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But journalists here are skeptical. Such commissions typically fall into obscurity, their reports never released to the public and their recommendations never implemented.
Pakistanis living in the tribal regions, most who have virtually no available recourse against extra-judicial killings, have been the worst affected.
In April, 38 tribesmen from the town of Lakray Shaikh Baba in Mohmind district, were forced to stand in a line as security forces sprayed them with bullets. All of them were killed. Local press reports said the men had refused to help security forces find a local militant commander.
The incident might have had gone unreported like so many others. But two senators, Ibrahim Khan and Senator Hafiz Mohammad Rasheed, raised the issue in Pakistan’s parliament on June 10, demanding a high-level investigation into the killings which, it was later revealed, included a 12-year-old child.
“I have provided names, ages and addresses of all the victims to the chairman of the senate demanding a judicial inquiry into this heinous incident,” Khan, a senator from northwestern Khyber Pakhtunkhuwa (KP) province, told reporters.
“Most of the deceased were related to each other,” Ibrahim said, adding that the security forces tried to cover up the incident by offering to pay the families about $3,500 each in compensation.
“This is not the only incident. These incidents have been occurring frequently in the tribal areas. But the only problem is that the media is not allowed to go there and report these human rights violations,” Ibrahim said.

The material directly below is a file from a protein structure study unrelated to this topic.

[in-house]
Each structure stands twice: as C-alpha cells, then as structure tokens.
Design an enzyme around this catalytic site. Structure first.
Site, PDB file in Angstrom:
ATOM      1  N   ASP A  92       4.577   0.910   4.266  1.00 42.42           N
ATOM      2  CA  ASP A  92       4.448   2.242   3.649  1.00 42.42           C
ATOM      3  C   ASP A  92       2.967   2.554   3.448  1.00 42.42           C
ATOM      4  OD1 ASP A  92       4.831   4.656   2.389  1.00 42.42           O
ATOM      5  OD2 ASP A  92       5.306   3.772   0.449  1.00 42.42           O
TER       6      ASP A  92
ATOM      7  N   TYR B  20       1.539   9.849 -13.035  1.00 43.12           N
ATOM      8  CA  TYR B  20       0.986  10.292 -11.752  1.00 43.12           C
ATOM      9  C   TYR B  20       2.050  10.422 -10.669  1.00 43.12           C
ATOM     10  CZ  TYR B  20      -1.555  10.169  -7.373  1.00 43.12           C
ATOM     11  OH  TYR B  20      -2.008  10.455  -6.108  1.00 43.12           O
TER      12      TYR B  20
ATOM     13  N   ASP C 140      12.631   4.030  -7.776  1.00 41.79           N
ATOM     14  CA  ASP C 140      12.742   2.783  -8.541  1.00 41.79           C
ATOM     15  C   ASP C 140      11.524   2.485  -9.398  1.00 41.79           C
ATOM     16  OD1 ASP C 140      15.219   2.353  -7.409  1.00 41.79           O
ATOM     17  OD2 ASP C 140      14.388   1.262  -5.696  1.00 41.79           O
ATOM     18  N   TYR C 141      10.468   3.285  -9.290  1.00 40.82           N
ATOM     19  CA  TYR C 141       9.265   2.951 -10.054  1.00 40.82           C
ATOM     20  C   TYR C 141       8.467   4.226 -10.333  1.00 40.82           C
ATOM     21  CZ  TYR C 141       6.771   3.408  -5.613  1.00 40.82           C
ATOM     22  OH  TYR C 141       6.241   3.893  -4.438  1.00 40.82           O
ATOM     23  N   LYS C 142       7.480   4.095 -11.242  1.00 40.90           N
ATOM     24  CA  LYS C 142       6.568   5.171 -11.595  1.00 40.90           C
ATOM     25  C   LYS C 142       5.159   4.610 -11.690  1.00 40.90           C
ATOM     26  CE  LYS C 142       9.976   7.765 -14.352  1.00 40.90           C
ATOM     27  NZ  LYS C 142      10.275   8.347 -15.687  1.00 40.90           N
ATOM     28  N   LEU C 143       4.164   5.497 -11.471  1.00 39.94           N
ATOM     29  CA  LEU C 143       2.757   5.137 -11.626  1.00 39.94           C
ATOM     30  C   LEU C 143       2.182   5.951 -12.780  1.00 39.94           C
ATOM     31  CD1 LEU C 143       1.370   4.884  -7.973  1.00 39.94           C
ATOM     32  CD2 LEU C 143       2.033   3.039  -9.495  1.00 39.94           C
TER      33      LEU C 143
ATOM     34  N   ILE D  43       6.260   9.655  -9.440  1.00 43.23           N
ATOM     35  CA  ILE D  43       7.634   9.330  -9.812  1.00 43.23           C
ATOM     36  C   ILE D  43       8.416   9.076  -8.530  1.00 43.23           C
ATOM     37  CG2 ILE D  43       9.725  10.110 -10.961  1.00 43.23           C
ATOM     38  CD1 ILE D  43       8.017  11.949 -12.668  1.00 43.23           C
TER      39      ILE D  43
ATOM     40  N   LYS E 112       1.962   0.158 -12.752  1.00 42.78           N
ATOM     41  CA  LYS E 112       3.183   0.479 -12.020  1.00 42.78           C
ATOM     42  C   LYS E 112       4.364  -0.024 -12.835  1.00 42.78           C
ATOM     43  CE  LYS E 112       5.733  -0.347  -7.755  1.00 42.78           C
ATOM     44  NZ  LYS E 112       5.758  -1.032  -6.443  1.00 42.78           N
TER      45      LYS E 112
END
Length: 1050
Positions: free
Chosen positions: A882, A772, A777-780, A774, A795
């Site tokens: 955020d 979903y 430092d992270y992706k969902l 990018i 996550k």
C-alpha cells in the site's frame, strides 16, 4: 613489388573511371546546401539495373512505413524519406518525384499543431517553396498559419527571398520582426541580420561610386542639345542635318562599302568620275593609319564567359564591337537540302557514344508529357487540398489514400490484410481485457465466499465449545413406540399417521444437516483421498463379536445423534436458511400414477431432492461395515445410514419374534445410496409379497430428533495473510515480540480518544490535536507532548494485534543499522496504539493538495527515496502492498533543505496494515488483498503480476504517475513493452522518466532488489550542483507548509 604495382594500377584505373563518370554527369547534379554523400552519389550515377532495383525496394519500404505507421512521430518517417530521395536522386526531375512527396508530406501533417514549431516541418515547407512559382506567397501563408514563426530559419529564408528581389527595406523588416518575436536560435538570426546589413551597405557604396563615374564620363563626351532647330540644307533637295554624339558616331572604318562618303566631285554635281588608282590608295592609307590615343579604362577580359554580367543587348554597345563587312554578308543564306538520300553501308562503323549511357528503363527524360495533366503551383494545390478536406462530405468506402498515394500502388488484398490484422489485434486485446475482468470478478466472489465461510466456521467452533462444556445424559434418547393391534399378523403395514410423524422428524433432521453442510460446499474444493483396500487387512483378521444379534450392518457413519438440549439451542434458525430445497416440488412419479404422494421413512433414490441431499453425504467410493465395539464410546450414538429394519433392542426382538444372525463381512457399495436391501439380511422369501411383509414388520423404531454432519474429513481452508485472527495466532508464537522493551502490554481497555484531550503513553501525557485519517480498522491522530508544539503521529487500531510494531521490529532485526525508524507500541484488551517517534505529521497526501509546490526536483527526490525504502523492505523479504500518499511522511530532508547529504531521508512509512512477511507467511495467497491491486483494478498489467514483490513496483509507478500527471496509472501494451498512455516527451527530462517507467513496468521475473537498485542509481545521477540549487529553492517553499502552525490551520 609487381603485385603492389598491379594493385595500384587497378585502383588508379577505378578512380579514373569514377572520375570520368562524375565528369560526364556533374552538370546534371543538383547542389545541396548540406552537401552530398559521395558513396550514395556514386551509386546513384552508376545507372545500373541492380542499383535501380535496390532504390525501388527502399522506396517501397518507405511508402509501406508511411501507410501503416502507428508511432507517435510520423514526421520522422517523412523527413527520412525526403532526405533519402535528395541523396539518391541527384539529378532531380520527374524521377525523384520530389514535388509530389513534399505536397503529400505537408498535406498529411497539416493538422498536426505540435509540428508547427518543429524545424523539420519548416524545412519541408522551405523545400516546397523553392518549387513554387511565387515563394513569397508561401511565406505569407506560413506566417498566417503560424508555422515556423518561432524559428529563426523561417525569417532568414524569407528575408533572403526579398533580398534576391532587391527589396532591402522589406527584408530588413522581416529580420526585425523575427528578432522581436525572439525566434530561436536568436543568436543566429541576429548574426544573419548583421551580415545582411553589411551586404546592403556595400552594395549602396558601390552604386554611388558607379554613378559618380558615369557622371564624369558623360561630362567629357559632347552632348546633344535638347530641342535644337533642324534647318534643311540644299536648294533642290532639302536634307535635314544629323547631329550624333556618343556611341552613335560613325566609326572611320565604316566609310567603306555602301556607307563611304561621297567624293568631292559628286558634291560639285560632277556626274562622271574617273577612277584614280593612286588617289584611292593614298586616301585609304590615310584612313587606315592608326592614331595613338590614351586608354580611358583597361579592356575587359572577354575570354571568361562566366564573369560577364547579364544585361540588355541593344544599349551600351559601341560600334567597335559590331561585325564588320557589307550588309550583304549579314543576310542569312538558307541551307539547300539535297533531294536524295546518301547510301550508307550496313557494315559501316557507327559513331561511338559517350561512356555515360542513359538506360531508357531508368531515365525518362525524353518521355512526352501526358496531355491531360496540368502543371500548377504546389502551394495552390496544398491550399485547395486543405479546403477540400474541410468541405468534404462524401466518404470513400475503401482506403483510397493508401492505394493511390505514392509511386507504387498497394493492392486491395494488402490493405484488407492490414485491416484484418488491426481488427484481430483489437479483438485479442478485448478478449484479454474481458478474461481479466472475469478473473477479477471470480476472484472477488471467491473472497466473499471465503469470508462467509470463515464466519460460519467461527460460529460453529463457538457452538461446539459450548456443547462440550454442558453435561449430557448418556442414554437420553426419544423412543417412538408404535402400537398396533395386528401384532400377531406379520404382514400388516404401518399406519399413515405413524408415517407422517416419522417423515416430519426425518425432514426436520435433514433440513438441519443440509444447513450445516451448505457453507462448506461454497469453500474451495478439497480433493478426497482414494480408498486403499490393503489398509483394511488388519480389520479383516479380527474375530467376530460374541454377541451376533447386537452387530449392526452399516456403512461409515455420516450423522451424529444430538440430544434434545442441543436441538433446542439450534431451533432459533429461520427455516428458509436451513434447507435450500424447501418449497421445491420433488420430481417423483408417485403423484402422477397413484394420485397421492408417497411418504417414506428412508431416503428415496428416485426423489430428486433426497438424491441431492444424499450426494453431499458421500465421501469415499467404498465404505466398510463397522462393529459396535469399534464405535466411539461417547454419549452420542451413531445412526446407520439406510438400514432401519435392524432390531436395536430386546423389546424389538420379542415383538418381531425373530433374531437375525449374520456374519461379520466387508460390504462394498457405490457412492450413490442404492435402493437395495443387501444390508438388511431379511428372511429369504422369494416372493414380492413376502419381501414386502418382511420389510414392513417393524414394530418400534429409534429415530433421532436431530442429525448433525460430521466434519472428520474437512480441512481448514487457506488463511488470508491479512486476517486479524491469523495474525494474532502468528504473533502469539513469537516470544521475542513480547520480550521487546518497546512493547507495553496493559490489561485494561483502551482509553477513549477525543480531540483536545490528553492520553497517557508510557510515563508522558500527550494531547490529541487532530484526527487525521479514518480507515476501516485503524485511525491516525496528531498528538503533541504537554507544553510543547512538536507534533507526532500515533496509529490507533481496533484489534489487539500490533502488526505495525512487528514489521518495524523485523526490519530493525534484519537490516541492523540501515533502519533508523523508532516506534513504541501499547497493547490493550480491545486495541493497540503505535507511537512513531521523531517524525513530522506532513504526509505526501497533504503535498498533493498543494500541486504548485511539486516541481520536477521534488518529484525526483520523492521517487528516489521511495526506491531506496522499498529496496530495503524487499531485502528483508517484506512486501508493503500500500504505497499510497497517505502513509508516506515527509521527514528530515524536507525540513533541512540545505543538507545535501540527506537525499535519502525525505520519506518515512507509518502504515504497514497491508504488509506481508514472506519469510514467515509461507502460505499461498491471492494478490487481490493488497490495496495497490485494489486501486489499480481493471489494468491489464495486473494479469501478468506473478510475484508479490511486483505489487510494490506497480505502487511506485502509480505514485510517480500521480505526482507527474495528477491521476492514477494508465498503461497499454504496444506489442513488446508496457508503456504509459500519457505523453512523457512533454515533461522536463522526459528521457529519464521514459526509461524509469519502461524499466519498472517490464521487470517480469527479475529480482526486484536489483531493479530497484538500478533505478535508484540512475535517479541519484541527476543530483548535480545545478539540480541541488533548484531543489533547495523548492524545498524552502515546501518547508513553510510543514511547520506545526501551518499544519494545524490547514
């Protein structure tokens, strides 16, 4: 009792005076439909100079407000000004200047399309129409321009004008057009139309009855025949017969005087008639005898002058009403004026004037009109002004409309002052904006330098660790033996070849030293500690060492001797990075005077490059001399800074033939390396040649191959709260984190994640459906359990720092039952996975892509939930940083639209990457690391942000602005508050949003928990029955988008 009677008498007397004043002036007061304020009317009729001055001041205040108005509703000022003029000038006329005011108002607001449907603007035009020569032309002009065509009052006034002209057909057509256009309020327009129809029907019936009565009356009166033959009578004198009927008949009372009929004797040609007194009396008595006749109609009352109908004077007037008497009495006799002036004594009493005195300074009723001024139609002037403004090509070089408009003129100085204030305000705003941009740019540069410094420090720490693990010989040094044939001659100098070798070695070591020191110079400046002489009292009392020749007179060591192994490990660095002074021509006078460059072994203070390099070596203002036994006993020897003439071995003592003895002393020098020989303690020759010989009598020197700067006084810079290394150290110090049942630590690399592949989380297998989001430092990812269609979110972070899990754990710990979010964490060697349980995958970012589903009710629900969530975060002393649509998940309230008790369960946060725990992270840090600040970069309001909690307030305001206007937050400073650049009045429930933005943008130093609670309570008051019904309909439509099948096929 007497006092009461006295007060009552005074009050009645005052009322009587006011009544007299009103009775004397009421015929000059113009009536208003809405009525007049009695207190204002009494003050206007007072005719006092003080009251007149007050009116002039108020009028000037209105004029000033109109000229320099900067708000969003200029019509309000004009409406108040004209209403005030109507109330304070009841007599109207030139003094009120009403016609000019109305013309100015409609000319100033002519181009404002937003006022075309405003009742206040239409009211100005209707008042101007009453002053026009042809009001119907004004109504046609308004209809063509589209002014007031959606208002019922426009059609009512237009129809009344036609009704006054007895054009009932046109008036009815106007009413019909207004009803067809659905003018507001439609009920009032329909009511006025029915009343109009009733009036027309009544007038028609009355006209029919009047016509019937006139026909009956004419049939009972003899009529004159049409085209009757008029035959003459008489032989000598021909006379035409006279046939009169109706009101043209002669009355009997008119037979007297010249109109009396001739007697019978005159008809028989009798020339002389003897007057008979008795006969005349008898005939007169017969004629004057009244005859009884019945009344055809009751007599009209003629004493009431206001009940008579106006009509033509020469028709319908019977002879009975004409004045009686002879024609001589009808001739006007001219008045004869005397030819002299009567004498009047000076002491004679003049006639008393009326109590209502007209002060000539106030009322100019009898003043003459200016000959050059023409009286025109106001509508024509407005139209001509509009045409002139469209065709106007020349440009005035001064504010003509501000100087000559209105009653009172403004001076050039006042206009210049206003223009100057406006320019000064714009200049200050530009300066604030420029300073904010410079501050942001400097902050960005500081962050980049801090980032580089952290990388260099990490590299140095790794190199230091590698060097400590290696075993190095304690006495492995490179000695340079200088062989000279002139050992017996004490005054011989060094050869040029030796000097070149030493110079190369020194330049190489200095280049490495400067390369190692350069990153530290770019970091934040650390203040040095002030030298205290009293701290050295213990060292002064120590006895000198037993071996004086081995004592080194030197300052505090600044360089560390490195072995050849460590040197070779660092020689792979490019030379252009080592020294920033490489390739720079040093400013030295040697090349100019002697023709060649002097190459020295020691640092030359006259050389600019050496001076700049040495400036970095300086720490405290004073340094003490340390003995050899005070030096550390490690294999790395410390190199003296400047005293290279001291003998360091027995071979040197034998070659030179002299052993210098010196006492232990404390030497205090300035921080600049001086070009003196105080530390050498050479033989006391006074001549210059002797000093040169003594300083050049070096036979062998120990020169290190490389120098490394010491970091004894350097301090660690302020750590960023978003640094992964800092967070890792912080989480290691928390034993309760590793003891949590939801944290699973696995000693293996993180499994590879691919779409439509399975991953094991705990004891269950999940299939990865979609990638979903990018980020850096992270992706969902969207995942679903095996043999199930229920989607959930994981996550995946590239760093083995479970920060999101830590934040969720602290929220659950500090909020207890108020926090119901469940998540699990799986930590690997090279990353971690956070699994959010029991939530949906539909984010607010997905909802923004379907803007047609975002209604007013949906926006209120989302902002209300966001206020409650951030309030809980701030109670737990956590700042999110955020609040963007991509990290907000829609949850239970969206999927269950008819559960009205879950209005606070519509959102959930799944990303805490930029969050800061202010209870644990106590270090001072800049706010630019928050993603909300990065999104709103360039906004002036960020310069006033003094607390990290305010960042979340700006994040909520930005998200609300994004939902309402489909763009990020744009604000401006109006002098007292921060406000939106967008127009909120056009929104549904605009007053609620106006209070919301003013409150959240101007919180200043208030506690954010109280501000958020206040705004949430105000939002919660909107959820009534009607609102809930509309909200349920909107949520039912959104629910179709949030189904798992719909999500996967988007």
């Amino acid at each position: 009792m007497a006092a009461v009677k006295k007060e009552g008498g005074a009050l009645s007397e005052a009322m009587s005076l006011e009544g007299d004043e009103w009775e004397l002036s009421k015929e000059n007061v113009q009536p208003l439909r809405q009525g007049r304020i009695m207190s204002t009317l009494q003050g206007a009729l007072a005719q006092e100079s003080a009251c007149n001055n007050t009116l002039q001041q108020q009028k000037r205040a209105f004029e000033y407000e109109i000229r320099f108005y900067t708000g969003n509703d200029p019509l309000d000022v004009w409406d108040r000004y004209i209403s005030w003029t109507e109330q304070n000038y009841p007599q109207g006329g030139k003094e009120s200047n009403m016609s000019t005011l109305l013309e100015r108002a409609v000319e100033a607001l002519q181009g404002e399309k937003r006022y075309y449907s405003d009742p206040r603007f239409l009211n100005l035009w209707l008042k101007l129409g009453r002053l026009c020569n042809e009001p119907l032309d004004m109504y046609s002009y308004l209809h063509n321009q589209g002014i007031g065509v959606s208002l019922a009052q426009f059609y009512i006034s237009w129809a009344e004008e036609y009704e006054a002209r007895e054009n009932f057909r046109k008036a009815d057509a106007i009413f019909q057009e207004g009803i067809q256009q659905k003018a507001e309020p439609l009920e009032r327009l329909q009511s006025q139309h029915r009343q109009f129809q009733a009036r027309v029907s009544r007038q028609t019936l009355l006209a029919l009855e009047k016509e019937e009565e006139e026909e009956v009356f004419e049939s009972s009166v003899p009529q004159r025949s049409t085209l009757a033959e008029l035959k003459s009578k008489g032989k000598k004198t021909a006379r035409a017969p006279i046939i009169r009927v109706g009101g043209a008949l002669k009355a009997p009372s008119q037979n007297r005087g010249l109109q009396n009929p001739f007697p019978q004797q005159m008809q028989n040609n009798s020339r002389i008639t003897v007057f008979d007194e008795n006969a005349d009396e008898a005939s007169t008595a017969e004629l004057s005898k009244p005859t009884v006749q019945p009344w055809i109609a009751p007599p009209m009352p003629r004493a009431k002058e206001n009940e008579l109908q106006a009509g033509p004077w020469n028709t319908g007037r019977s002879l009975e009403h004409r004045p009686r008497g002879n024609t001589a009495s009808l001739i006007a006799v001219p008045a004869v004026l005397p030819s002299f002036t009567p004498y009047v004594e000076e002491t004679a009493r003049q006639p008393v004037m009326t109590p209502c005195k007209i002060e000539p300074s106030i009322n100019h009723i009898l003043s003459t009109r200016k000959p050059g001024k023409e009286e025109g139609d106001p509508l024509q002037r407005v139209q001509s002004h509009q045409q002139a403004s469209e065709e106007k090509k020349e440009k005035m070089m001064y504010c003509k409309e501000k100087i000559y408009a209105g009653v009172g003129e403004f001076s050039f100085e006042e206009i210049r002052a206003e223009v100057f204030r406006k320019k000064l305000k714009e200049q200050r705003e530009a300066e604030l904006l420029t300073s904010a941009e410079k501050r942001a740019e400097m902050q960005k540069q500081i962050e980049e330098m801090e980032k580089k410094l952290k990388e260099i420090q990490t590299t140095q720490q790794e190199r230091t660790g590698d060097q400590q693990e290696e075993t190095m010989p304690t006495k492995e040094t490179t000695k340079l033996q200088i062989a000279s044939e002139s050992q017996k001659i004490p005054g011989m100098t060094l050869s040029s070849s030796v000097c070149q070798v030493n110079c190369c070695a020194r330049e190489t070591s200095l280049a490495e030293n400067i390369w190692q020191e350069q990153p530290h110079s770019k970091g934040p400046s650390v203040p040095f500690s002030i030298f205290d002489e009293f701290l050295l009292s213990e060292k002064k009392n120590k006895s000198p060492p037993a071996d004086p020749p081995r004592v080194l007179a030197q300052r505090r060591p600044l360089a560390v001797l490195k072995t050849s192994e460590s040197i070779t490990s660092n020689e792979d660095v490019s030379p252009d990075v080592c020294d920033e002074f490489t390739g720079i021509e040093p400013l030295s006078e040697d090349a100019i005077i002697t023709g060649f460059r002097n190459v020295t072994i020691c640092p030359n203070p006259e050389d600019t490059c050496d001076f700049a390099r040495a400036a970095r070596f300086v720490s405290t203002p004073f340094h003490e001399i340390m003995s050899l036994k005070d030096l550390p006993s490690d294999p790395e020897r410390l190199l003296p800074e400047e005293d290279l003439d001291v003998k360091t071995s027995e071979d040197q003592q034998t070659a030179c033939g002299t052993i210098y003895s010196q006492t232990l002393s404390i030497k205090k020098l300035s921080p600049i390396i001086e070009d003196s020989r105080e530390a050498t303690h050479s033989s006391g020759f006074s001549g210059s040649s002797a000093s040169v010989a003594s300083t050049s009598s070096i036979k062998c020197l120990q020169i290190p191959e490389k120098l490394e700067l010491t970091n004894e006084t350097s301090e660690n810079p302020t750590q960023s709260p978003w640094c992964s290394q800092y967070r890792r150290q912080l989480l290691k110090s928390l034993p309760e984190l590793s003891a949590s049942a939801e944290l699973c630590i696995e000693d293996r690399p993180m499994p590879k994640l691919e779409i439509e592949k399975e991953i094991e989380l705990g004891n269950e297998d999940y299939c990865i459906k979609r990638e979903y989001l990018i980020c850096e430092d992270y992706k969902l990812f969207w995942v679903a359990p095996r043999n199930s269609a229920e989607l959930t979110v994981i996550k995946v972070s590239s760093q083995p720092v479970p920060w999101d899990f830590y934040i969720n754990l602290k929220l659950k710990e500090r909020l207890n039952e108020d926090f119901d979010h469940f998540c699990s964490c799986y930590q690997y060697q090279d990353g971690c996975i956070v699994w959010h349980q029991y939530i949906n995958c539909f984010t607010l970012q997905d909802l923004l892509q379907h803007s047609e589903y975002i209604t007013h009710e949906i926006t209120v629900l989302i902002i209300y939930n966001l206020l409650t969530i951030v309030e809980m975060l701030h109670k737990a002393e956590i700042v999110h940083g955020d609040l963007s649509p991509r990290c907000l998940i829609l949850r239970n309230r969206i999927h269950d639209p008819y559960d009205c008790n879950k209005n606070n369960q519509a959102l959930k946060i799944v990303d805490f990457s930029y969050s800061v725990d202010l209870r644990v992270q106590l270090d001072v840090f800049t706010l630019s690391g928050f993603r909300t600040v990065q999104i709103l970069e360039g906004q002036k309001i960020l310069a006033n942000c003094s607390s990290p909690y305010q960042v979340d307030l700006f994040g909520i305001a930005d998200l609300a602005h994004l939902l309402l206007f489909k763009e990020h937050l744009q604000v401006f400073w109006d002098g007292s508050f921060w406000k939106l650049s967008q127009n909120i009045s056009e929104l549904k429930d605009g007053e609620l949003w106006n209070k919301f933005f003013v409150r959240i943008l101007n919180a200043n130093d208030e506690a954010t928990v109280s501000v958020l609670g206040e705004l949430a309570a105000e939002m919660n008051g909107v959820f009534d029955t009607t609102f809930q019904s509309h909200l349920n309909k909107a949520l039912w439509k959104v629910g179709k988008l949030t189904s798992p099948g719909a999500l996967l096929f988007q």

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In another incident, army personnel killed 91 civilians, including women and children, last year in Orakzai, a region where pitched battles between militants and security forces are frequent. The resulting public outcry compelled General Ashfaq Pervez Kayani, Pakistan’s top military commander, to publicly apologize.
Before the apology, the armed forces repeatedly claimed that all of those killed in the incident had been militants. It was only after a BBC correspondent managed to sneak into the area and interview the families that the army and the government admitted that the victims had been civilians.
Jehangir said there was significant evidence that the armed forces had committed extra-judicial killings and human rights abuses.
“There are several eyewitness accounts that people were picked by the security agencies and later their bodies were found in Balochistan,” Jehangir, who is now the president of the Supreme Court Bar Association, said.
Jehangir said, however, she couldn’t say how extensive the human rights violations were because journalists were not allowed in the area. But, she said it was well known that extra-judicial killings were common during military operations in the tourist valley of Swat in 2009.
“There were widespread complaints of extra-judicial killings and human rights abuses in Swat,” she said. “I am not saying that the militants are innocent. They too have their share in this. But they are non-state actors. The state actors have double responsibility as compared to them.”
The identity of the author for this report was left anonymous for security reasons.